Chelsea certainly came looking to show that their bad run of form was over and came out the blocks flying with all the attack in the opening ten minutes - and in all honesty should have had the lead on at least one occasion before Fernando Torres broke the deadlock in the eleventh minute.
An early claim for a penalty was denied as Simon Mignolet made himself big and strong in the challenge to deny Juan Mata, but minutes later the Spaniard was chief tormentor again as he combined with Eden Hazard to put the ball past Mignolet, but also beyond Fernando Torres who was a little late in getting there.
Mignolet was did excellently to deny Torres what would have been a fortuateous opening goal when John O'Shea's routine clearance rebounded off Carlos Cuellar and to an unmarked Torres in the six-yard box, but the Spaniard would have the last laugh just a couple of minutes later.
It was the simplest of goals too, and one which was entirely avoidable. Eden Hazard found himself wide of goal and with little to aim for. O'Shea couldn't react to the cross quick enough having marked precisely no-one while Carlos Cuellar stood and watched as Torres arrived late into the area and guided the ball with consummate ease past Mignolet.
The visitors had deserved the lead, but it was still highly frustrating that another entirely stoppable goal wasn't... well... stopped.
Believe it or not there was a spell in the first half where we had some decent possession and a few half chances. I suppose this will be the 'positive' we're once again asked to take from the game by Martin O'Neill when his post-match email arrives in a few minutes. It wasn't all that great.
A bit of a scramble from a corner wasn't cleared well and with O'Shea and Cuellar stabbing at the ball neither could muster a shot on target. Bardsley tried from distance, while Sessegnon from a similar distance allowed Petr Cech to get his shirt dirty and pull out a stop for the cameras.
The best chance came with Adam Johnson winning back possession inside the Chelsea area, skipping to the byline and playing back for Sessegnon a yard out but Cahill was there too remove the danger. Needless to say the resulting corner was poor.
Then on half time, the game seemed effectively put to bed as Fernando Torres converted a penalty to make things 2-0 to the visitors, after sending Simon Mignolet the wrong way.
Ramires barged through into the area and after holding up his run near the byline was clattered by a reckless Seb Larsson for a stupid penalty with a stupid foul which didn't need to be made. With all disrespect due, it was the type of clumsy and needless tackle Titus Bramble makes on a regular basis.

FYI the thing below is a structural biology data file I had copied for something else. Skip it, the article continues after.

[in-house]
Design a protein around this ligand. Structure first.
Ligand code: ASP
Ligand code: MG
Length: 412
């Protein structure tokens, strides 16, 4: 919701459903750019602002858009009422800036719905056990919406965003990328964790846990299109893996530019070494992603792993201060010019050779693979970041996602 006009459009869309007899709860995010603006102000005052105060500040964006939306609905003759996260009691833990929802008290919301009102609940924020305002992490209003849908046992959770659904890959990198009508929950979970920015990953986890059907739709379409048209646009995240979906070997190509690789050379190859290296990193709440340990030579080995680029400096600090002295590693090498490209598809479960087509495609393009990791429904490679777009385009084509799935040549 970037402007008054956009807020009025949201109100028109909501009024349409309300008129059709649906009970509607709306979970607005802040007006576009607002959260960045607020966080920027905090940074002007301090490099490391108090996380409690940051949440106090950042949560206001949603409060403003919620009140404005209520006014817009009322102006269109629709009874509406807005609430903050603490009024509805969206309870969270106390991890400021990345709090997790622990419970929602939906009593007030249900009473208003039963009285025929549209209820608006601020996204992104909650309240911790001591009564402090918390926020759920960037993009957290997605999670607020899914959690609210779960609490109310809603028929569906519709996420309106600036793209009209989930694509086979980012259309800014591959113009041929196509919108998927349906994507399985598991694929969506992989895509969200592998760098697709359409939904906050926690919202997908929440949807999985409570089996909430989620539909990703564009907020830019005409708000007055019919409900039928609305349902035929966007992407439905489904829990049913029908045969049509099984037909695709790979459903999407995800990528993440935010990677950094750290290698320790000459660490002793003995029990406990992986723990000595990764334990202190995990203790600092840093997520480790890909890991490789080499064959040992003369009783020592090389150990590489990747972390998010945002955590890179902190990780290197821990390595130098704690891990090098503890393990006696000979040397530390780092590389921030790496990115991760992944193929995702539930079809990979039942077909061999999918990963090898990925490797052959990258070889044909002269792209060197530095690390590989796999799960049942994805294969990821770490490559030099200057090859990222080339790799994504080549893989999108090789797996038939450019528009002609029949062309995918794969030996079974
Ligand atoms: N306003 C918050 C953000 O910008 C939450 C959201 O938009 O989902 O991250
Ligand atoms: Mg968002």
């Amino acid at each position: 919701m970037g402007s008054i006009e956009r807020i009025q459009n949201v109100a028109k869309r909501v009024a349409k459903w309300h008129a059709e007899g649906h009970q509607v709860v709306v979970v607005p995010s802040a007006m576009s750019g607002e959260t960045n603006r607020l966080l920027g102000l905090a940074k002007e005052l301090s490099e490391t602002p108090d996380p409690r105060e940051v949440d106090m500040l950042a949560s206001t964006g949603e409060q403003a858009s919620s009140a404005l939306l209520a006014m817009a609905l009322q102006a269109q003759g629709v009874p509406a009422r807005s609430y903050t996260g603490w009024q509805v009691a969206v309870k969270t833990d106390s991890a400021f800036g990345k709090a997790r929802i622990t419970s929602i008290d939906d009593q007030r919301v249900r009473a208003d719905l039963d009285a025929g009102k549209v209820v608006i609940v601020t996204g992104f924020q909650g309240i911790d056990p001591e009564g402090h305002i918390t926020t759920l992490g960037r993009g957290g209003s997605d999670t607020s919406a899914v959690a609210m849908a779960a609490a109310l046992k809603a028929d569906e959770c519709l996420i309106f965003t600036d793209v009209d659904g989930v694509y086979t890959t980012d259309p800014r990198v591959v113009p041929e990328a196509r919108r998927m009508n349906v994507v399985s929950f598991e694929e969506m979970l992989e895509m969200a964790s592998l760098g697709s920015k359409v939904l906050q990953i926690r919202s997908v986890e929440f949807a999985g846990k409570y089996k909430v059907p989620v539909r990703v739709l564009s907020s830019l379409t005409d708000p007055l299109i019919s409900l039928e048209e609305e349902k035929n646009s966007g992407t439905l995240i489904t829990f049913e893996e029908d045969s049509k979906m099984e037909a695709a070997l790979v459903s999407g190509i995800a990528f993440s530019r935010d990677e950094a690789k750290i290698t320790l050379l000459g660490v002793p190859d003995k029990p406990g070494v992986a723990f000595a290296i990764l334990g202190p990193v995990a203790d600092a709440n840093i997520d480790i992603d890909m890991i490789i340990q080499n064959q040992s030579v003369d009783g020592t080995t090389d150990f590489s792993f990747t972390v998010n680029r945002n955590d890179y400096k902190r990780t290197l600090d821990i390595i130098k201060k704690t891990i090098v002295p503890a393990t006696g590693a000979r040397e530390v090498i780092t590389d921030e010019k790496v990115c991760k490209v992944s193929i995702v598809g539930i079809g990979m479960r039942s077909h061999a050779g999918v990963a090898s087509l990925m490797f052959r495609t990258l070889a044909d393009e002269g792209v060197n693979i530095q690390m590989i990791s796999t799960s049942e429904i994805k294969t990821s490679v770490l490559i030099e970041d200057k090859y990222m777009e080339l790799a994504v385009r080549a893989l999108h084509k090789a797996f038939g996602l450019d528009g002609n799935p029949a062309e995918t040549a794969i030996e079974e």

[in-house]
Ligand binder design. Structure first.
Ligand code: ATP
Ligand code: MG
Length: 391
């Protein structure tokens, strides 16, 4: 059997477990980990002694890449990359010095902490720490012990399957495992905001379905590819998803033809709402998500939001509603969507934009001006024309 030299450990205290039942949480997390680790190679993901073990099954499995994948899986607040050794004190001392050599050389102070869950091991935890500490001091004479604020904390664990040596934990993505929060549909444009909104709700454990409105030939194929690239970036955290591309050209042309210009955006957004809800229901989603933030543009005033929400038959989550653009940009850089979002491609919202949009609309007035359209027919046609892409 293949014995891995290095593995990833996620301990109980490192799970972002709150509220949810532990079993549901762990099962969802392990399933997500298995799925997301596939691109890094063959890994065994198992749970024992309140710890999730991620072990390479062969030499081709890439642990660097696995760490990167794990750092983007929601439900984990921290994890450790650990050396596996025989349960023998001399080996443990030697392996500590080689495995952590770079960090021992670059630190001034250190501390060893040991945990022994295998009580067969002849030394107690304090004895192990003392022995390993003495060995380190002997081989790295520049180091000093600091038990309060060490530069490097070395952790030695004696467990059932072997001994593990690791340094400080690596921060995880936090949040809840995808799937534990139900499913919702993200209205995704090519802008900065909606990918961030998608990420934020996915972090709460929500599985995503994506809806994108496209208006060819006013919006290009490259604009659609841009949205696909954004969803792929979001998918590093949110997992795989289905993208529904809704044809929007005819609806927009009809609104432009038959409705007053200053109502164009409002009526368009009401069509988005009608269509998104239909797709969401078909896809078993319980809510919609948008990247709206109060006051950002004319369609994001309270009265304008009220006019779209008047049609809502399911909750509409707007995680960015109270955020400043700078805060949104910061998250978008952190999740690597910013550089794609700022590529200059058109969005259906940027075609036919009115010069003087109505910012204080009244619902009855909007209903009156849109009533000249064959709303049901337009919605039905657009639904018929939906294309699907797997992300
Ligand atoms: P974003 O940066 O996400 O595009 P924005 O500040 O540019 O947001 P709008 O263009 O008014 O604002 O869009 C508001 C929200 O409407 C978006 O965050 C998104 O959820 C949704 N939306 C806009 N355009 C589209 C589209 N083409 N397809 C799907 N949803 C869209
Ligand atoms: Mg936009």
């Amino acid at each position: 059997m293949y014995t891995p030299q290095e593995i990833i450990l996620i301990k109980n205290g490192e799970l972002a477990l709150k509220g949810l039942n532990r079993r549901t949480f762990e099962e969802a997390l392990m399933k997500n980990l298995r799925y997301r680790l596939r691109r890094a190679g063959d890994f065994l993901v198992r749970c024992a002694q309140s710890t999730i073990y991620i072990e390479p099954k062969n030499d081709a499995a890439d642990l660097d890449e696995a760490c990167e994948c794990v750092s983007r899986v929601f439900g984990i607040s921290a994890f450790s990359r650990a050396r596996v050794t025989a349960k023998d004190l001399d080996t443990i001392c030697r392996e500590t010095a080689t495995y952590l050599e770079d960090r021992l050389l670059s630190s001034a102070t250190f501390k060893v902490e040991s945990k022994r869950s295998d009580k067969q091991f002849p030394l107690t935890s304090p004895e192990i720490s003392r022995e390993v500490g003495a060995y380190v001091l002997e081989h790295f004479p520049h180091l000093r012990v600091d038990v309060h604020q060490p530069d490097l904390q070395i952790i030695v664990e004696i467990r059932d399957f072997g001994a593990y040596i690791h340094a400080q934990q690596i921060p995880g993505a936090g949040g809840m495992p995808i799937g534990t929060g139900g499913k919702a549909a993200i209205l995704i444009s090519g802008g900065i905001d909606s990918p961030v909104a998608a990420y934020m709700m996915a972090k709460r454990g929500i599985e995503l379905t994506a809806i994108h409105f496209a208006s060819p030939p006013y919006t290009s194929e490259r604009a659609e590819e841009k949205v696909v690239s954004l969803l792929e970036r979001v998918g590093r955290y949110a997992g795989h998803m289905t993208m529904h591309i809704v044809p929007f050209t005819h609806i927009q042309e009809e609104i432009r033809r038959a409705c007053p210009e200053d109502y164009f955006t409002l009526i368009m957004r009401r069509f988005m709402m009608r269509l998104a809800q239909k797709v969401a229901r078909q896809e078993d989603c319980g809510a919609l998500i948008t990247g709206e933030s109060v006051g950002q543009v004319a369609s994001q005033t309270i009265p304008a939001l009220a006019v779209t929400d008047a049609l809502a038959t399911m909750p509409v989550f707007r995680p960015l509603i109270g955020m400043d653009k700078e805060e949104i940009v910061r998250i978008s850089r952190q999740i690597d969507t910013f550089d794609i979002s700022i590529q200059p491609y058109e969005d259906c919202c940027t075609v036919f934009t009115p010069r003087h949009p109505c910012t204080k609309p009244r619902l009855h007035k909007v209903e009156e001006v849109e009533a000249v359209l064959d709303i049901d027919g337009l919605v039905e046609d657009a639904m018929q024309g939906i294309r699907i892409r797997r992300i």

Things didn't get much better in the second half, unsurprisingly. A cross comes in, Phil Bardsley lacking the necessary skill to control the ball under no pressure kneed it to Torres who blasted against the bar, with the rebound falling nicely to Juan Mata to score with ease.
Victor Moses nearly made things 4-0 four minutes later but having been found in acres of space inside the area the former Wigan Athletic attacker dragged his shot wide of the mark.
From then on Chelsea seemed prepared to shut up shop, and rightly so with big games on the horizon for them and the work seemingly done here. That lax attitude though eventually paid dividends for us though as Adam Johnson scored to, in he most minor of ways, restore some pride.
Connor Wickham's shot on the turn was blocked, and with no Chelsea player in any rush to clear the ball we took advantage. James McClean fed Adam Johnson who drilled across Cech and nestled the ball into the far side of the net.
O'Neill rang the changes in the effort to get us back into things with Jack Colback replacing Phil Bardsley and Louis Saha replacing Seb Larsson who'd both had absolute stinkers.
Despite some spirited attacking it all came to nothing really. Johnson - our most dangerous player by far - saw his top corner headed freekick palmed away by Cech, while he also palmed away a decent hit from Connor Wickham late on.
Perhaps the best chance in all this was a Craig Gardner freekick which rattled the crossbar as the final few seconds of play ticked past. A very good hit, but even had it gone in then it was too little too late.
The writing was however on the wall from the first ten minutes, and once again we come away with nothing. Was there positives to take? Yes, absolutely. For about 45 minutes of the game (total) we were comfortably toe-to-toe with Chelsea, and with better quality we might have clawed ourselves back into things.
The negatives once again though completely outweigh the positives, hence the scoreline. Reading this coming Tuesday was always going to be big, now with us sat in the bottom three alongside them, it looks like it could be a season defining game.